A cup of joe is all you need: Research shows increased caffeine intake can reduce risk of rosacea


Image: A cup of joe is all you need: Research shows increased caffeine intake can reduce risk of rosacea

(Natural News) Most people need to drink a cup of coffee in the morning because it helps them feel more alert and energetic. However, according to a study, drinking coffee can also help relieve the side effects of a skin condition called rosacea.

What is rosacea?

Rosacea is a chronic inflammatory skin disease that usually affects a person’s face. It can worsen when left untreated.

Often mistaken for acne, eczema, or a skin allergy, rosacea is more common in people with fair skin. At least one in 20, or 14 million Americans, have rosacea. The condition is more common among fair-skinned people of northern European ancestry.

The symptoms of rosacea may include:

  • Facial skin hyper-reactivity
  • Facial swelling
  • Flushing/blushing easily
  • Inflamed blood vessels (Vascular rosacea)
  • Red, itchy eyes (Ocular rosacea)
  • Persistent redness
  • Pimples, papules, and pustules (Inflammatory rosacea)
  • Rhinophyma/excess facial skin around the nose

The results of the study suggest that drinking more caffeinated coffee can help lower your risk of developing rosacea. Dr. Rajani Katta, a board-certified dermatologist and author of “Glow: The Dermatologist’s Guide to a Whole Foods Younger Skin Diet,” explained that the findings were unexpected.

Prior to the study, experts considered coffee as a trigger for the skin condition since the heat from the beverage may trigger symptom flares. But according to the findings, caffeinated coffee also has polyphenols that could alleviate those effects, but only when a person drinks at least four servings per day. (Related: Study: Polyphenols may relieve rosacea symptoms.)

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Additionally, caffeinated coffee is beneficial because it’s a vasoconstrictor, which means it can help reduce the rush of blood to the skin’s surface. The beverage, which is rich in protective antioxidants, also has an immunosuppressant effect that can help minimize inflammation.

The study authors concluded that caffeine from coffee can help balance hormone levels linked to rosacea, such as adrenaline, noradrenaline, and cortisol.

But is that much caffeine good for you?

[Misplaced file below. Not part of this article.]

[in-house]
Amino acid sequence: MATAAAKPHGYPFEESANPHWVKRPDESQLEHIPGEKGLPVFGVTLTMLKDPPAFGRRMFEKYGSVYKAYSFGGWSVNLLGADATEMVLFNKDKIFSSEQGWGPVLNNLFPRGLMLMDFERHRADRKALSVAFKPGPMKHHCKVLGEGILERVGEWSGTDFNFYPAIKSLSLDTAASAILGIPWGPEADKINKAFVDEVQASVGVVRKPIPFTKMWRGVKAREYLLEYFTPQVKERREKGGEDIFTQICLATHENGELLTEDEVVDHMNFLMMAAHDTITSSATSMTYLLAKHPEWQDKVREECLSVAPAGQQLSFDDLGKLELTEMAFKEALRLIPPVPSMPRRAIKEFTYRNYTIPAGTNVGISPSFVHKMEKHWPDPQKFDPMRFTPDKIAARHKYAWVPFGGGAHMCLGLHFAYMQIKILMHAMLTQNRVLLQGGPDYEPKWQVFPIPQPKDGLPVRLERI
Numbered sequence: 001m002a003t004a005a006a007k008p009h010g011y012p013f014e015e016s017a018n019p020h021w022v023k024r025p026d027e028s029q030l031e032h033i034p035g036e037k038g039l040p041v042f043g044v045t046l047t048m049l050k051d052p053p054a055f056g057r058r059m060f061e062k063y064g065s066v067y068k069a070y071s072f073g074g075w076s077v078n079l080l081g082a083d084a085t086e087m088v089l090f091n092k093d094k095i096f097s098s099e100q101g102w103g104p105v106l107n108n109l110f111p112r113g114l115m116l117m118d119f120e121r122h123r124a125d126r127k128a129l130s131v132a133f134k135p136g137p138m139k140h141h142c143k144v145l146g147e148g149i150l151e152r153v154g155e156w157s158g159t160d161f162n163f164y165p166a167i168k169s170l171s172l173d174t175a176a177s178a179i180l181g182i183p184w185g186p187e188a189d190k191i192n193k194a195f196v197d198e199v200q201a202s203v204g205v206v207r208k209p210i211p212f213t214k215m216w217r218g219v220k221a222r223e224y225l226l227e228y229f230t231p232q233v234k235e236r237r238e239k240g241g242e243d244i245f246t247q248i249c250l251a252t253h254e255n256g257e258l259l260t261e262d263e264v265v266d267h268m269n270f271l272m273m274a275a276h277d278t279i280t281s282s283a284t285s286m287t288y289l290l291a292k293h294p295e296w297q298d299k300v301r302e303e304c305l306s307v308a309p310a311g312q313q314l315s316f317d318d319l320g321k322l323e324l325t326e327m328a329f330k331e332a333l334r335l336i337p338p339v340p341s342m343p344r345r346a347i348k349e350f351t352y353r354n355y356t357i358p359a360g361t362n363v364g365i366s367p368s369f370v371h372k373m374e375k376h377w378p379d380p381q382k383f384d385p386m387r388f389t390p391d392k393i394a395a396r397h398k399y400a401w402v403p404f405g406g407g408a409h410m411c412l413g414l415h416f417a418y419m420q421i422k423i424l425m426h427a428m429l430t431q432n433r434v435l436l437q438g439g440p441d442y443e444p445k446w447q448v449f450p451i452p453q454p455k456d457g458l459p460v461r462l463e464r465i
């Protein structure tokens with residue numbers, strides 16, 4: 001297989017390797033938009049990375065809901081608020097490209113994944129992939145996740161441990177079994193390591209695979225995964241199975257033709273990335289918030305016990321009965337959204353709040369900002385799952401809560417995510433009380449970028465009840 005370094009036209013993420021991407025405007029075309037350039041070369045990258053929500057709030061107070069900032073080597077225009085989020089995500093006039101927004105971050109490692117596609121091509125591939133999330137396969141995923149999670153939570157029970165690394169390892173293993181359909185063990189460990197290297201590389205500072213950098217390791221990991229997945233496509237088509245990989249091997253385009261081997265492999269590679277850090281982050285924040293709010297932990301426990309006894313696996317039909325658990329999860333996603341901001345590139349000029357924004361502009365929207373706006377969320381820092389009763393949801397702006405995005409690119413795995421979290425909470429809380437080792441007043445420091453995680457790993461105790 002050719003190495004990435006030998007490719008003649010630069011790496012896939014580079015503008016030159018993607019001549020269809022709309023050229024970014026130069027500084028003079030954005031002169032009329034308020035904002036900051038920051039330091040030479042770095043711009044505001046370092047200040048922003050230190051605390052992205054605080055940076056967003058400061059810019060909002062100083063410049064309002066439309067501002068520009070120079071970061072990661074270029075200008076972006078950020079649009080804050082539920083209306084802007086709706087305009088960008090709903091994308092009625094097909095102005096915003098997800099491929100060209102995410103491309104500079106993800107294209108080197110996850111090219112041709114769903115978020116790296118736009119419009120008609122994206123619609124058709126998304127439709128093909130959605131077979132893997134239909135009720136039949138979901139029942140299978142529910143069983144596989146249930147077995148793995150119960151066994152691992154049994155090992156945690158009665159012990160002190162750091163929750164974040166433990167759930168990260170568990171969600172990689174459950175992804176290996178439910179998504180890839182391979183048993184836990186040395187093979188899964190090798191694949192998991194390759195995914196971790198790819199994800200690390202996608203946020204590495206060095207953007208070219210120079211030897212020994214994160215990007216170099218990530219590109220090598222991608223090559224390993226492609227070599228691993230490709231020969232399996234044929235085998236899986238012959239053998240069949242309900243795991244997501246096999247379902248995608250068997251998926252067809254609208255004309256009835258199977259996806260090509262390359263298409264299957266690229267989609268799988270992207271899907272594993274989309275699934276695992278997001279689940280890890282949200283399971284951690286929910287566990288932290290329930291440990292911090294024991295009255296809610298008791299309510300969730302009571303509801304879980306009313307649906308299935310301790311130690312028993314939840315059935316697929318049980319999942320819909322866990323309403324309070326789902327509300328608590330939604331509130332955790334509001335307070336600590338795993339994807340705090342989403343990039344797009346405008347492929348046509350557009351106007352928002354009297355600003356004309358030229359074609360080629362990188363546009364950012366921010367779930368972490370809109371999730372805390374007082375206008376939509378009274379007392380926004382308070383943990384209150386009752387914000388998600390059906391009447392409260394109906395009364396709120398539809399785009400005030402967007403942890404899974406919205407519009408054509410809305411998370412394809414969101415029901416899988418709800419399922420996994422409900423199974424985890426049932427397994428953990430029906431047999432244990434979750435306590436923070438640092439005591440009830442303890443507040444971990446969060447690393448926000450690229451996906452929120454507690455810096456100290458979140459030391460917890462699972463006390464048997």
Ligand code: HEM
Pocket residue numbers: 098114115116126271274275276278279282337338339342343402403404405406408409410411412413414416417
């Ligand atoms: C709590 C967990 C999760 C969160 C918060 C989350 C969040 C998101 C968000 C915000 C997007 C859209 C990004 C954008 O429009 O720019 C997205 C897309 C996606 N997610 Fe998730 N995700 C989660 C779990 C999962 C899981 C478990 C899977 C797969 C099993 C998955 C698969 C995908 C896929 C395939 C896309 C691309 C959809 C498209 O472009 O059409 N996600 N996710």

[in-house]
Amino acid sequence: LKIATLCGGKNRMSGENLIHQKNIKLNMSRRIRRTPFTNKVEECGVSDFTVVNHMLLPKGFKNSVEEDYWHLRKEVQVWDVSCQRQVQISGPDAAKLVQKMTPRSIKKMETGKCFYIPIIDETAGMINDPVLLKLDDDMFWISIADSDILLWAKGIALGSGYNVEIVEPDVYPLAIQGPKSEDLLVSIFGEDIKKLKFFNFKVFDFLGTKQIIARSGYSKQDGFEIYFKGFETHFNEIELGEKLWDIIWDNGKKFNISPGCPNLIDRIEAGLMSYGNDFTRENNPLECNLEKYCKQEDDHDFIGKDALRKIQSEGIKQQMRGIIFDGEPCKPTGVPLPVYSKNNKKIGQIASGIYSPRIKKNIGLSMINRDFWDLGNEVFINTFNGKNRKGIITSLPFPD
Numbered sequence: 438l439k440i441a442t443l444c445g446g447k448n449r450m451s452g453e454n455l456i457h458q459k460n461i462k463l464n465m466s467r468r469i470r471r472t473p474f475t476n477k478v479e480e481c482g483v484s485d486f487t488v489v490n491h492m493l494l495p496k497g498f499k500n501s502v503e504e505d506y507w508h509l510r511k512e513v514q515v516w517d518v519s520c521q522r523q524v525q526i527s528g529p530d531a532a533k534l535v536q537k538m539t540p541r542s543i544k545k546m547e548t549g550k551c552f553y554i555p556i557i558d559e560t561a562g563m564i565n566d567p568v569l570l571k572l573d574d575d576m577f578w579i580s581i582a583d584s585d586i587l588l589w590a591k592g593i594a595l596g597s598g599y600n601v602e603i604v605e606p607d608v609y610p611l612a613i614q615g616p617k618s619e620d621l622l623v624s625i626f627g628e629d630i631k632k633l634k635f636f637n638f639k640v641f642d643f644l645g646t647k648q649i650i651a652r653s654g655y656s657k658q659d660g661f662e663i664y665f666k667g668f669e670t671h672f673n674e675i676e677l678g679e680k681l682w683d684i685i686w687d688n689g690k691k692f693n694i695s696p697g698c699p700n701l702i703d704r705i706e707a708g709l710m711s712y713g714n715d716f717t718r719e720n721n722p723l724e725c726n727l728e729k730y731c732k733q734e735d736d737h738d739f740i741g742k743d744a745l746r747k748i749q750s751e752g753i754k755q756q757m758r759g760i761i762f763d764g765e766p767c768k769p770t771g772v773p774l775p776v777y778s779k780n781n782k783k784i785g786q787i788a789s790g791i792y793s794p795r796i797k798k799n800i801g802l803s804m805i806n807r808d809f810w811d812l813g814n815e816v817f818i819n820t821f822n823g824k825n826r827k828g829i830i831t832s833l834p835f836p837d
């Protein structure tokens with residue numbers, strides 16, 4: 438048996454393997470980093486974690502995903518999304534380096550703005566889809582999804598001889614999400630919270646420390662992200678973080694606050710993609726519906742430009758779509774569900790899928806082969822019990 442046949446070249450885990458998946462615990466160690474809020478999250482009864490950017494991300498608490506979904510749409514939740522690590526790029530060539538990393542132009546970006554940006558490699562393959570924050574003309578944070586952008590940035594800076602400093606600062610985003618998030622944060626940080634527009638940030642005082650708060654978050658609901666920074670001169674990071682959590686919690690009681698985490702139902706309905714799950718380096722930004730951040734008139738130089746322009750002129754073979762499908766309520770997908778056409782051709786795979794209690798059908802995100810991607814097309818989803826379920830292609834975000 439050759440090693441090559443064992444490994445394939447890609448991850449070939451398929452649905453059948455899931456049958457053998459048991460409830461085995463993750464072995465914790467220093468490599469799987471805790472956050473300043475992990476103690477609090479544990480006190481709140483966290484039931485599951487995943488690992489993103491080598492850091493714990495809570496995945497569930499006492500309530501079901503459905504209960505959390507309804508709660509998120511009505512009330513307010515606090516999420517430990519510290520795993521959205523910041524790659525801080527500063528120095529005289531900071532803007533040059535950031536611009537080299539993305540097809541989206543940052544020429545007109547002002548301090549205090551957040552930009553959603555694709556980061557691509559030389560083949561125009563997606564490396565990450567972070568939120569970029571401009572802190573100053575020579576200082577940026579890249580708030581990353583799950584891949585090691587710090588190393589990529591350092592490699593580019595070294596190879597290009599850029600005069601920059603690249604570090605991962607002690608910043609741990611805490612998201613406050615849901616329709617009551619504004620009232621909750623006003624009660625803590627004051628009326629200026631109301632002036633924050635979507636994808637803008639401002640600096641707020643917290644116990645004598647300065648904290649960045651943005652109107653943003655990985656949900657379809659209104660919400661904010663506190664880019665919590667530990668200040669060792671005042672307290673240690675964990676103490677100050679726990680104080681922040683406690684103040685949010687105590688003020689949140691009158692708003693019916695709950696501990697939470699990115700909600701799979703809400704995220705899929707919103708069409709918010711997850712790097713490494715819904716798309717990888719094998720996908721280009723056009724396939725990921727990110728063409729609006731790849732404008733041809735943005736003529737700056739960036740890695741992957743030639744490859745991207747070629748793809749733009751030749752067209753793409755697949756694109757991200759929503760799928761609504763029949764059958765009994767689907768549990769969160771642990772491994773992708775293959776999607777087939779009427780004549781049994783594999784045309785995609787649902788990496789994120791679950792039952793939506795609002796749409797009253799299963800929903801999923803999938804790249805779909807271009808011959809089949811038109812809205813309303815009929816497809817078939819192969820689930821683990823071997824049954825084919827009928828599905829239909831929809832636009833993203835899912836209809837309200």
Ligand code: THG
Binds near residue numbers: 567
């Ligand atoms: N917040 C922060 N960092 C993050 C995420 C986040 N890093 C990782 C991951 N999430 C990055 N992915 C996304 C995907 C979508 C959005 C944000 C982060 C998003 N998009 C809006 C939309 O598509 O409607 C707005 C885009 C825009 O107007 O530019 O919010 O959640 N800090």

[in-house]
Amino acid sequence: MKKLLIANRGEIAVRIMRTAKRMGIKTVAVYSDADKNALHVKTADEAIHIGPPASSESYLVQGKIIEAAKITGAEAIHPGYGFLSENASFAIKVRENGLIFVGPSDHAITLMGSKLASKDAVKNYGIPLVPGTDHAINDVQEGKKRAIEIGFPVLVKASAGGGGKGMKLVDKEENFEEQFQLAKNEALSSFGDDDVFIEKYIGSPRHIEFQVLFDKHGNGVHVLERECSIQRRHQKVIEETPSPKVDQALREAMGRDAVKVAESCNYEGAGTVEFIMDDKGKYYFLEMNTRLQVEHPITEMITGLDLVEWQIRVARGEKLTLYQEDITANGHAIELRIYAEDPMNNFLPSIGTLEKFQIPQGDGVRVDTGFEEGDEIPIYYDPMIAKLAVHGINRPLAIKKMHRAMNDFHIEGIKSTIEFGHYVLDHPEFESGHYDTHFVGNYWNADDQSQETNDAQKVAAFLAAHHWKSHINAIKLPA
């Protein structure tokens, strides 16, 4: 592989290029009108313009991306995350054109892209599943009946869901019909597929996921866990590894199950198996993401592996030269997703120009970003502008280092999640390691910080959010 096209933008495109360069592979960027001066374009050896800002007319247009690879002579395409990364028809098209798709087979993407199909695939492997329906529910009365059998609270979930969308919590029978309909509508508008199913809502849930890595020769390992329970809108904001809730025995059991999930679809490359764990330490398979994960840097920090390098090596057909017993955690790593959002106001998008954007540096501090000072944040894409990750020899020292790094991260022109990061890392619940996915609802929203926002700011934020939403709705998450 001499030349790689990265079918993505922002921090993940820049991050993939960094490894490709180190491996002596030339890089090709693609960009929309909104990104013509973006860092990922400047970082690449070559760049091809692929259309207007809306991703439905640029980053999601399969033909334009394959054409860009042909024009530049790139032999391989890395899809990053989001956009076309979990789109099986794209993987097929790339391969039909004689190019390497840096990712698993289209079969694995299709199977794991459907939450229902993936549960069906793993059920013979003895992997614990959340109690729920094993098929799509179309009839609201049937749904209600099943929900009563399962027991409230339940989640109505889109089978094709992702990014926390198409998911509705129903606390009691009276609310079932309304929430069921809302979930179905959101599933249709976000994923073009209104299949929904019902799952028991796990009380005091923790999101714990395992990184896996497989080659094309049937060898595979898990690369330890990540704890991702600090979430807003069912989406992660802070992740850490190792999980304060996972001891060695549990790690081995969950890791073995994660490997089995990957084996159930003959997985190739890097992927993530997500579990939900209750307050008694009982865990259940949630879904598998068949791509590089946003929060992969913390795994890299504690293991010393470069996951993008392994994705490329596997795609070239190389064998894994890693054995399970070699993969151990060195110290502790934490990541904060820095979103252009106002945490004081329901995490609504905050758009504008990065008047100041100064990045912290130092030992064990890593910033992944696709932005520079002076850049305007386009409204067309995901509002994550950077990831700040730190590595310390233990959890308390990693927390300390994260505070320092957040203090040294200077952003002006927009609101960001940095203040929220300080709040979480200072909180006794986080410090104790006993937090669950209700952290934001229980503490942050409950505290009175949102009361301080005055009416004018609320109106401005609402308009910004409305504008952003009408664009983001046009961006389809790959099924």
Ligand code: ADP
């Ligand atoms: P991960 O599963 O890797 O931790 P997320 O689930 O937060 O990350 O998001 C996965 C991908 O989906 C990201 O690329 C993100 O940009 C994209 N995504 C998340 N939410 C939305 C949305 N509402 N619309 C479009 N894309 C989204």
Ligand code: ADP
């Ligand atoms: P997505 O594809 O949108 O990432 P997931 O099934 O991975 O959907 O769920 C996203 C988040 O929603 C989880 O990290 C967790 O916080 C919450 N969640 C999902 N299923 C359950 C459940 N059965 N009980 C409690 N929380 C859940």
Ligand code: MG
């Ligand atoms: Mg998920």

Dr. Patricia Farris, a dermatologist and clinical associate professor at the Tulane University School of Medicine, warns that even though she finds the study interesting, the results aren’t that helpful. Dr. Farris added that telling patients with rosacea to drink four cups of coffee a day to control their rosacea may cause “the jitters or heart palpitations.”

Dr. Katta noted that aside from jitters and heart palpitations, drinking this much coffee may cause other health concerns. Some individuals are more sensitive to caffeine compared to others.

There are also individuals who can’t drink black coffee, which means they may add sugar or cream to make the beverage more palatable. Sweeteners add up, which can cause weight gain or even diabetes.

Dr. Katta said that people with rosacea should “[stick] within the limits.” Plain black coffee is best to reap the benefits of the drink.

She added that you need to be careful about adding sweeteners and creamers to coffee, especially since adding about two teaspoons of sugar per coffee, multiplied by four servings, means “you’re already at a higher level of sugar intake” than what is recommended by the World Health Organization (WHO). The same goes for blended coffee drinks, which often contain at least 16 teaspoons of sugar or more.

Dr. Katta said that if you’re already a coffee drinker with rosacea, you can keep drinking the beverage. Just make sure you pay attention to the temperature of your coffee and what you’re adding to make it more palatable.

If you’re not a coffee drinker, you can manage your condition by avoiding possible triggers that may result in flares of rosacea, such as:

  • Anger, anxiety, embarrassment, or stress
  • Excessive sun exposure
  • Situations that lead to overheating (e.g., long hot showers and overheating while exercising)
  • Food and beverages (e.g., alcohol, dairy products, or spicy foods)

Caffeinated coffee can help reduce rosacea risk, but you need to make sure that you drink it at a reduced temperature that won’t trigger your symptoms.

Sources include:

Healthline.com

MedicalNewsToday.com


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